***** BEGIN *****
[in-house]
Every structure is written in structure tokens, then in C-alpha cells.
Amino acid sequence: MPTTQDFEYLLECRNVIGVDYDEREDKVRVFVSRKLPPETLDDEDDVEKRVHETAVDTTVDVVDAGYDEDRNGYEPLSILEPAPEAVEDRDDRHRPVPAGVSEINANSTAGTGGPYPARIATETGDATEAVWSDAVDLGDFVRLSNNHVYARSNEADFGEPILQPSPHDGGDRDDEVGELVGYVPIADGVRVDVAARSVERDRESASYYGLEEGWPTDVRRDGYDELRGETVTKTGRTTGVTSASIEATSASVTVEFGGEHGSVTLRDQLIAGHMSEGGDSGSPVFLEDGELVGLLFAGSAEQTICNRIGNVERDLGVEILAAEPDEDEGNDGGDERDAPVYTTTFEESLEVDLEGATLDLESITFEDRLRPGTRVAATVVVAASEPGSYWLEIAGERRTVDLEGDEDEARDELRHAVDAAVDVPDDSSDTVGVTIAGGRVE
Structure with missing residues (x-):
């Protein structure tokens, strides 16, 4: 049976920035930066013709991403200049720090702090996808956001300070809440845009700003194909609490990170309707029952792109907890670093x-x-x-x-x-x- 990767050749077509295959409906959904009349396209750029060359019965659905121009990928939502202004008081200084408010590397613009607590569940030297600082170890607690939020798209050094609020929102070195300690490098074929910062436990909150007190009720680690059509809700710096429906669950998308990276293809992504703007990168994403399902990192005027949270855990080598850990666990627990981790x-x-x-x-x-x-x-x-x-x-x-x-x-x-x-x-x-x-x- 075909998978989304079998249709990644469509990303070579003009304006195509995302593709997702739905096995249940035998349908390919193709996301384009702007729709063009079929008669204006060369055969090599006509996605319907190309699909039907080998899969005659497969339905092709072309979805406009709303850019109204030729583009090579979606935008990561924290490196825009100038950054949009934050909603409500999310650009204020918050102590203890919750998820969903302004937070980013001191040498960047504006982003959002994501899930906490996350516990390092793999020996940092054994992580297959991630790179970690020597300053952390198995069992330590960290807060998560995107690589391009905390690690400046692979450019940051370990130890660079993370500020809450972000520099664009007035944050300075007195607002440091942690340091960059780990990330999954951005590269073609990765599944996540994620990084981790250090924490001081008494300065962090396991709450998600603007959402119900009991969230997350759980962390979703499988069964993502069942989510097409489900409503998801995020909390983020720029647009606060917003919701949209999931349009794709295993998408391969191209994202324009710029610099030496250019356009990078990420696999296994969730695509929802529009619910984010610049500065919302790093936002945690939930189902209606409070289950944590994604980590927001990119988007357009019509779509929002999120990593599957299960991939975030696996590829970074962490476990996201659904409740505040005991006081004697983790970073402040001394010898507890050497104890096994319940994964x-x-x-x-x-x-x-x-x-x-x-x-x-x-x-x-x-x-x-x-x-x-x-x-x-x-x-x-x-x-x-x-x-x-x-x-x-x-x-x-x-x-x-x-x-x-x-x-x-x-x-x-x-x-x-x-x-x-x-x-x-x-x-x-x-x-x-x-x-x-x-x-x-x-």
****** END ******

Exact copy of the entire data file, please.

[in-house]
Every structure is written in structure tokens, then in C-alpha cells.
Amino acid sequence: MPTTQDFEYLLECRNVIGVDYDEREDKVRVFVSRKLPPETLDDEDDVEKRVHETAVDTTVDVVDAGYDEDRNGYEPLSILEPAPEAVEDRDDRHRPVPAGVSEINANSTAGTGGPYPARIATETGDATEAVWSDAVDLGDFVRLSNNHVYARSNEADFGEPILQPSPHDGGDRDDEVGELVGYVPIADGVRVDVAARSVERDRESASYYGLEEGWPTDVRRDGYDELRGETVTKTGRTTGVTSASIEATSASVTVEFGGEHGSVTLRDQLIAGHMSEGGDSGSPVFLEDGELVGLLFAGSAEQTICNRIGNVERDLGVEILAAEPDEDEGNDGGDERDAPVYTTTFEESLEVDLEGATLDLESITFEDRLRPGTRVAATVVVAASEPGSYWLEIAGERRTVDLEGDEDEARDELRHAVDAAVDVPDDSSDTVGVTIAGGRVE
Structure with missing residues (x-):
């Protein structure tokens, strides 16, 4: 049976920035930066013709991403200049720090702090996808956001300070809440845009700003194909609490990170309707029952792109907890670093x-x-x-x-x-x- 990767050749077509295959409906959904009349396209750029060359019965659905121009990928939502202004008081200084408010590397613009607590569940030297600082170890607690939020798209050094609020929102070195300690490098074929910062436990909150007190009720680690059509809700710096429906669950998308990276293809992504703007990168994403399902990192005027949270855990080598850990666990627990981790x-x-x-x-x-x-x-x-x-x-x-x-x-x-x-x-x-x-x- 075909998978989304079998249709990644469509990303070579003009304006195509995302593709997702739905096995249940035998349908390919193709996301384009702007729709063009079929008669204006060369055969090599006509996605319907190309699909039907080998899969005659497969339905092709072309979805406009709303850019109204030729583009090579979606935008990561924290490196825009100038950054949009934050909603409500999310650009204020918050102590203890919750998820969903302004937070980013001191040498960047504006982003959002994501899930906490996350516990390092793999020996940092054994992580297959991630790179970690020597300053952390198995069992330590960290807060998560995107690589391009905390690690400046692979450019940051370990130890660079993370500020809450972000520099664009007035944050300075007195607002440091942690340091960059780990990330999954951005590269073609990765599944996540994620990084981790250090924490001081008494300065962090396991709450998600603007959402119900009991969230997350759980962390979703499988069964993502069942989510097409489900409503998801995020909390983020720029647009606060917003919701949209999931349009794709295993998408391969191209994202324009710029610099030496250019356009990078990420696999296994969730695509929802529009619910984010610049500065919302790093936002945690939930189902209606409070289950944590994604980590927001990119988007357009019509779509929002999120990593599957299960991939975030696996590829970074962490476990996201659904409740505040005991006081004697983790970073402040001394010898507890050497104890096994319940994964x-x-x-x-x-x-x-x-x-x-x-x-x-x-x-x-x-x-x-x-x-x-x-x-x-x-x-x-x-x-x-x-x-x-x-x-x-x-x-x-x-x-x-x-x-x-x-x-x-x-x-x-x-x-x-x-x-x-x-x-x-x-x-x-x-x-x-x-x-x-x-x-x-x-």